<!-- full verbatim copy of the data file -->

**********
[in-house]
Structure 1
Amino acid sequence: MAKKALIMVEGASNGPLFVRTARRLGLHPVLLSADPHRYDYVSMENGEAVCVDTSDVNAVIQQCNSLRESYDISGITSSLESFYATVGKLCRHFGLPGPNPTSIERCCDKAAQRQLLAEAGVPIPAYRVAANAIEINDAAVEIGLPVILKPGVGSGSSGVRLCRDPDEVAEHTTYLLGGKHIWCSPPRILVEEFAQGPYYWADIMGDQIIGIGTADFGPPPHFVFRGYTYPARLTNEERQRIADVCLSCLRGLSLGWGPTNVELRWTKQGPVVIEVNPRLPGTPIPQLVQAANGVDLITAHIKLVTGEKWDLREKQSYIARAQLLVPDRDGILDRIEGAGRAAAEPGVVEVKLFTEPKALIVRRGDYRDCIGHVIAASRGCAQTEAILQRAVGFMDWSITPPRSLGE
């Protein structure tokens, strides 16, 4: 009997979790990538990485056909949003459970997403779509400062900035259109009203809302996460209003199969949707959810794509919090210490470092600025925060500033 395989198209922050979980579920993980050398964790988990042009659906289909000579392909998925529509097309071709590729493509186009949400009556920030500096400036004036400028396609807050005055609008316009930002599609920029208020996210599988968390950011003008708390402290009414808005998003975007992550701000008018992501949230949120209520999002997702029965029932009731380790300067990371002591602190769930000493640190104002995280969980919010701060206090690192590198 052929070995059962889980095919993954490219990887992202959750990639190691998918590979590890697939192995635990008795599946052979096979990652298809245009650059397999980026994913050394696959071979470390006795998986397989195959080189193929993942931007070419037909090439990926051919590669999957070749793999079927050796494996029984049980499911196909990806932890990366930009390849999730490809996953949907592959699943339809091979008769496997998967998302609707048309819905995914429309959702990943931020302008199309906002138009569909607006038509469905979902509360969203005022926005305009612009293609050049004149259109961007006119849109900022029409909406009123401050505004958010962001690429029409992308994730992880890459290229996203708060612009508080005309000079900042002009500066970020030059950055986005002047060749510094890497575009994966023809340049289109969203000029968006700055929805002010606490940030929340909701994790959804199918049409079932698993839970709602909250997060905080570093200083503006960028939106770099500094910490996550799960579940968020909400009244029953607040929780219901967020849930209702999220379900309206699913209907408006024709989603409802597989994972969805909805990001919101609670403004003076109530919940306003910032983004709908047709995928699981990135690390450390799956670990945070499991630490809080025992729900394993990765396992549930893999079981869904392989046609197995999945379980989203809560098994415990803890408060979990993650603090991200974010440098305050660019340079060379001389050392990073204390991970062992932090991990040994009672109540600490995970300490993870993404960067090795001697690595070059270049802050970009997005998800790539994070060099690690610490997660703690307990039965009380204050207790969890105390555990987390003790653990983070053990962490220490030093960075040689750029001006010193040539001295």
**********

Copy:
[in-house]
Structure 1
Amino acid sequence: MAKKALIMVEGASNGPLFVRTARRLGLHPVLLSADPHRYDYVSMENGEAVCVDTSDVNAVIQQCNSLRESYDISGITSSLESFYATVGKLCRHFGLPGPNPTSIERCCDKAAQRQLLAEAGVPIPAYRVAANAIEINDAAVEIGLPVILKPGVGSGSSGVRLCRDPDEVAEHTTYLLGGKHIWCSPPRILVEEFAQGPYYWADIMGDQIIGIGTADFGPPPHFVFRGYTYPARLTNEERQRIADVCLSCLRGLSLGWGPTNVELRWTKQGPVVIEVNPRLPGTPIPQLVQAANGVDLITAHIKLVTGEKWDLREKQSYIARAQLLVPDRDGILDRIEGAGRAAAEPGVVEVKLFTEPKALIVRRGDYRDCIGHVIAASRGCAQTEAILQRAVGFMDWSITPPRSLGE
């Protein structure tokens, strides 16, 4: 009997979790990538990485056909949003459970997403779509400062900035259109009203809302996460209003199969949707959810794509919090210490470092600025925060500033 395989198209922050979980579920993980050398964790988990042009659906289909000579392909998925529509097309071709590729493509186009949400009556920030500096400036004036400028396609807050005055609008316009930002599609920029208020996210599988968390950011003008708390402290009414808005998003975007992550701000008018992501949230949120209520999002997702029965029932009731380790300067990371002591602190769930000493640190104002995280969980919010701060206090690192590198 052929070995059962889980095919993954490219990887992202959750990639190691998918590979590890697939192995635990008795599946052979096979990652298809245009650059397999980026994913050394696959071979470390006795998986397989195959080189193929993942931007070419037909090439990926051919590669999957070749793999079927050796494996029984049980499911196909990806932890990366930009390849999730490809996953949907592959699943339809091979008769496997998967998302609707048309819905995914429309959702990943931020302008199309906002138009569909607006038509469905979902509360969203005022926005305009612009293609050049004149259109961007006119849109900022029409909406009123401050505004958010962001690429029409992308994730992880890459290229996203708060612009508080005309000079900042002009500066970020030059950055986005002047060749510094890497575009994966023809340049289109969203000029968006700055929805002010606490940030929340909701994790959804199918049409079932698993839970709602909250997060905080570093200083503006960028939106770099500094910490996550799960579940968020909400009244029953607040929780219901967020849930209702999220379900309206699913209907408006024709989603409802597989994972969805909805990001919101609670403004003076109530919940306003910032983004709908047709995928699981990135690390450390799956670990945070499991630490809080025992729900394993990765396992549930893999079981869904392989046609197995999945379980989203809560098994415990803890408060979990993650603090991200974010440098305050660019340079060379001389050392990073204390991970062992932090991990040994009672109540600490995970300490993870993404960067090795001697690595070059270049802050970009997005998800790539994070060099690690610490997660703690307990039965009380204050207790969890105390555990987390003790653990983070053990962490220490030093960075040689750029001006010193040539001295």